Some of my oncology nurse colleagues give patients their personal cell phone numbers. Patients sometimes call or text them after hours, on weekends, and even on days off. In my opinion, as harmless as it may seem, the practice sets up barriers for the rest of the team because some patients will not call back; rather, they only respond when they see my colleagues’ personal number as the caller. Some of the conversations sound more like friends catching up and less like a professional discussion about an issue or concern. I know we all have to make our own professional choices, but sometimes I feel like I’m the odd one for not giving my number when patients ask if they can text me. Am I behind the times? — Name withheld on request

In some work settings, nurses use work cell phones provided by their employer; however, the scene described here clarified that the nurses are using their personal cell phones. This represents a big difference in expectations. When one is expected to use a work cell phone, he or she may take calls or even texts at that number during the day, in addition to taking calls from a desk phone. If one is using a work cell phone, expectations for terms, days, and hours of use should be clearly defined. 

However, this situation sounds as though there are no employer provided phones, but rather, colleagues are choosing to use their own personal phones to communicate with patients and/or families. Do your colleagues freely give their cell phone numbers to all patients or only certain patients? Are you concerned that there is bias in terms of who your colleagues give their phone numbers to?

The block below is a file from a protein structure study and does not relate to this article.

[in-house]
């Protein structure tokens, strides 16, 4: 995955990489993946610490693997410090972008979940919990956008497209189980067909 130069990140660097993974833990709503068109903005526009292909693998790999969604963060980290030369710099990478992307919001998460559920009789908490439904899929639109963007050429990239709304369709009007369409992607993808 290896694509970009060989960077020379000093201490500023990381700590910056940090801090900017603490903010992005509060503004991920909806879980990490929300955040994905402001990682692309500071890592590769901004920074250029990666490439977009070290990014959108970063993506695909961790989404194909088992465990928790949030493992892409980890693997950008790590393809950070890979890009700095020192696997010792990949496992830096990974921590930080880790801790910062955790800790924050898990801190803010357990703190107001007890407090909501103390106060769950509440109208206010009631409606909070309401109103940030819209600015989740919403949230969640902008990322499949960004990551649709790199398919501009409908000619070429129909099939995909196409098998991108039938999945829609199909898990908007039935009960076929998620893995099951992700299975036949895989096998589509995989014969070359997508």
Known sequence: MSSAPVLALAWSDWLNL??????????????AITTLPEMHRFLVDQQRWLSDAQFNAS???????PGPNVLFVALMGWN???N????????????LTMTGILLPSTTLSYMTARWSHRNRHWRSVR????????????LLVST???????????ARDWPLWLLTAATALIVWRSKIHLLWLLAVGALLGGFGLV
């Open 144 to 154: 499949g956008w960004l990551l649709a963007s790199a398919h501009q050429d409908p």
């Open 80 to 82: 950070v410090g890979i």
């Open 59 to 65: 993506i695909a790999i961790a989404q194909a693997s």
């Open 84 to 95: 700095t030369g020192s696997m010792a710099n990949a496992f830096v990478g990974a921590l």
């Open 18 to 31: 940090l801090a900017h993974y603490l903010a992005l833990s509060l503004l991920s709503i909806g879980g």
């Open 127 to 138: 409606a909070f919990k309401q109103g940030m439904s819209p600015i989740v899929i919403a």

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There may be potential ethical considerations, such as: professional boundaries (personal communication with only some patients outside of usual business hours), integrity (perhaps in the kinds of interactions that are taking place), moral questions and/or expectations (feeling pressured to question your own professional behavior when it differs from colleagues), and professional judgement (when behavior of someone on your team affects communication with the patient by anyone else on the team). 

To answer your direct question, yes, times are changing; however, we still have professional and ethical responsibilities. We live in a world where people — not just patients — are used to having direct access to others at all times. Patients and/or families may have expectations that do not align with what’s possible in our work settings. Boundaries are necessary to set proper expectations of the professional relationship. Redirecting a patient or family member to the ways that they canreach you is acceptable.

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Here are some suggestions for how to handle this conflict:

  • Seek supervision, talk to a mentor or other trusted colleague. This person does not have to be on your team, but getting professional advice from someone familiar with your work setting can be helpful. 
  • Are there policies and procedures at your place of employment that address this behavior?
  • The American Nurses Association Code of Ethics addresses these issues and others in various sections:  Provision 1 Section 1.2: Relationships with Patients; Provision 2 Section 2.2: Conflicts of Interest for Nurses and Section 2.4: Professional Boundaries; Provision 4 Section 4.3: Responsibility for Nursing Judgments, Decisions, and Actions; and Provision 6 Section 6.2: The Environment and Ethical Obligation.
  • Where there is concern about inappropriate patient interactions, you may need to address this with your colleague directly. If you’ve already done this and the behavior continues, it may be time to talk to a supervisor. 

Your colleagues may still choose to give their personal numbers; however, their behavior doesn’t have to impact the boundaries you’ve set for your own practice.

This article originally appeared on Oncology Nurse Advisor